Gone is the prime minister’s claim to strength and stability. In her weakened state, her cabinet ministers bicker in public and break ranks. And the seven-year wall of pay restraint, imposed first by the coalition government, and then retained by the Conservatives, has begun to crumble as firefighters are offered a 2 per cent pay rise.
Yesterday the School Teachers’ Review Body recommended a 2 per cent increase for some teachers and has made it clear that all teachers will need increases of more than 1 per cent because schools are facing "substantial pressure" in recruiting and retaining the staff they need.
On BBC Radio 4’s Moral Maze last week, I was quizzed about whether public servants deserved more pay because they were more moral than their private sector counterparts? “No,” I replied. Public sector workers deserve more pay because low pay is negatively affecting the quality of the work they do.
Put simply, the droves of nurses, teachers, social workers, probation officers and others leaving their profession, driven out by a toxic mix of inadequate pay, insane working hours and stress, cannot fail to have a negative impact on the public services they provide.
How can the health service maintain acceptable standards of care when, for every five nurses and midwives recruited, six experienced staff leave – citing low pay and stress as the factors which have driven them away from the vocation they love?
In schools, it is clear that the teacher retention crisis is having a real impact on educational standards. Over half (52 per cent) of England's secondary teachers have less than 10 years' classroom experience.
Burned out by stress and overwork, and inadequate pay, they leave the profession in droves – over 50,000 teachers left English state schools in the past year, more than 10 per cent of the workforce (Table 7a School workforce in England: November 2016).
Politicians are fond of telling us that no education system can exceed the quality of its teachers. The English education system is now being systematically undermined by teacher shortages, particularly in the core subjects.
The 2015 Ofsted report Key stage 3, the wasted years? found that, generally, pupils were able to study a broad range of subjects at key stage 3, but in too many schools the quality of teaching and rate of pupils’ progress and achievement were not good enough.
In one in five of the routine inspections analysed, the inspectors had raised concerns about pupils’ slow progress in English and maths at KS3 and the lack of challenge for the most-able pupils.
Ofsted concluded that the weaknesses in teaching and pupil progress reflected the lack of priority many secondary school leaders gave to KS3, with most leaders surveyed saying they staffed KS4 and KS5 before KS3.
This resulted in some KS3 classes being split between more than one teacher or taught by non-specialists.
I have been working in education for about 30 years, and have seen three teacher recruitment and retention crises. In the end, these crises always have an impact on educational standards.
Teaching is hard enough, with an average 55-hour working week for classroom teachers, and 60 for school leaders, without the added stress of teaching out of your subject base. And the problem is getting worse.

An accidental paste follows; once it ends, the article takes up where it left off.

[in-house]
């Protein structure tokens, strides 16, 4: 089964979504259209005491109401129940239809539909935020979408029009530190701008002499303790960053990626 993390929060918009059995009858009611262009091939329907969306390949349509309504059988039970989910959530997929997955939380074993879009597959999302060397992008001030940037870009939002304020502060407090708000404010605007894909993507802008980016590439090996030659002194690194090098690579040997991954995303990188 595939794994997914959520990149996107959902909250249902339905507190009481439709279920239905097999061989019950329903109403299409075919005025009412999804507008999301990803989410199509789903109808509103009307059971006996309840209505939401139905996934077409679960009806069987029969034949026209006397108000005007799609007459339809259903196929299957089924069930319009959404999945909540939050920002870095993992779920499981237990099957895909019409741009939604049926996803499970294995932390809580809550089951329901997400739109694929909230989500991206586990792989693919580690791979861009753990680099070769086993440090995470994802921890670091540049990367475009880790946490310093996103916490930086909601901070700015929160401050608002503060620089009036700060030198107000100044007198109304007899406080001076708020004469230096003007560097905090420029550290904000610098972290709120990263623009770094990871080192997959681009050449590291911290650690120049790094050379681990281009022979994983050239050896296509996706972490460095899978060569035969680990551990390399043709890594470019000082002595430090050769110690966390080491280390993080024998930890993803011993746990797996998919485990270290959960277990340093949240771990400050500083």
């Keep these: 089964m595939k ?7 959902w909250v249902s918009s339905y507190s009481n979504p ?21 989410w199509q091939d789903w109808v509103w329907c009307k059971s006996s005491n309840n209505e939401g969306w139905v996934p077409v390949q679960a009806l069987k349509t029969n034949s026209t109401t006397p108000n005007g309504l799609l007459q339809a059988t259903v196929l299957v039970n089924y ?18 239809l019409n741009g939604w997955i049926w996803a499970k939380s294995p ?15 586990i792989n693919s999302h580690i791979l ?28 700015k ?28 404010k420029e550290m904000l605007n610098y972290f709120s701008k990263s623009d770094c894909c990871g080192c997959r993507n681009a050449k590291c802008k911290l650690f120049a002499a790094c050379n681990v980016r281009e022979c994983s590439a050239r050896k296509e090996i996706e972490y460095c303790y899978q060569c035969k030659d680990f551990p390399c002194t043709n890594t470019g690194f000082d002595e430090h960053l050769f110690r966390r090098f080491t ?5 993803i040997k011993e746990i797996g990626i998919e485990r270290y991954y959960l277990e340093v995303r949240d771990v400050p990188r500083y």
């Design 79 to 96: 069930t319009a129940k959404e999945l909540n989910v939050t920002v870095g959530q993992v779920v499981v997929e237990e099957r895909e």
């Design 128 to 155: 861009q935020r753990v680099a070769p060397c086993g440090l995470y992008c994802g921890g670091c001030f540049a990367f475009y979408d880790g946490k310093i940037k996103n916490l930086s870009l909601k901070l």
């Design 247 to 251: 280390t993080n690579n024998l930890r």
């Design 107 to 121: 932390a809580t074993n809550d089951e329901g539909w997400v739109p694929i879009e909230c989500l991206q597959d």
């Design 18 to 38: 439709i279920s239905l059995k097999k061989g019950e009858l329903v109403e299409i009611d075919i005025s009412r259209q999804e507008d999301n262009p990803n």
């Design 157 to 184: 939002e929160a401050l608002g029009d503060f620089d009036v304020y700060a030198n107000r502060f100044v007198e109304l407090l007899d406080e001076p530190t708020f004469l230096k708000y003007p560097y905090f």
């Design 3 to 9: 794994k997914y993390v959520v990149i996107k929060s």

In a recent report, the National Foundation for Educational Research (NFER) reported that turnover rates are highest for teachers of core subjects. Every year, around 10 per cent of science, maths, English and languages teachers leave the profession. And teachers in the early years of their career are more likely to leave.
This catastrophic wastage rate has hugely negative consequences. As a nation, we spend £700 million a year recruiting trainee teachers. We bring them into the profession, burn them out and then wave them goodbye just at the point where they could be talking middle leadership positions in schools.
So, we have enormous churn in schools. We have school leaders desperately seeking teachers and doing what they need to do – putting someone in front of a class. At KS3, that someone is more likely to be a non-specialist. This has direct consequences on the quality of education offered to pupils.
This is not, I would emphasise, the non-specialist teachers’ fault. It is the consequence of the exodus from an overworked, overstressed, underpaid profession. But the effects are being felt.
The government cutting its target from 90 per cent to 75 per cent of pupils being expected to take English Baccalaureate subjects by the end of this Parliament (whatever you think about the EBacc) is absolutely grounded in the teacher recruitment and retention crisis.
Seventy-six per cent of voters said they want to give public servants a pay rise, and would be prepared to pay higher taxes to fund it. Or the government could reverse its cut in corporation tax, which would enable a 3 per cent to 4 per cent rise in public sector pay.
Sooner, rather than later, Theresa May will be compelled to act.
Voters are beginning to notice the deterioration of our public spaces, the closure of libraries and the increase in rough sleeping on our cities’ streets.
Parents have become acutely alert to the funding cuts facing their schools – leading to school funding became a major election issue; it was cited as the reason for more than 750,000 voters changing their voting intentions in the last few days before the election.
Politicians can only govern, ultimately, with public consent. This is increasingly being withdrawn as the public realm deteriorates.
Dr Mary Bousted is general secretary of the ATL teaching union. She tweets as @MaryBoustedATL
For more columns by Mary, visit her back catalogue.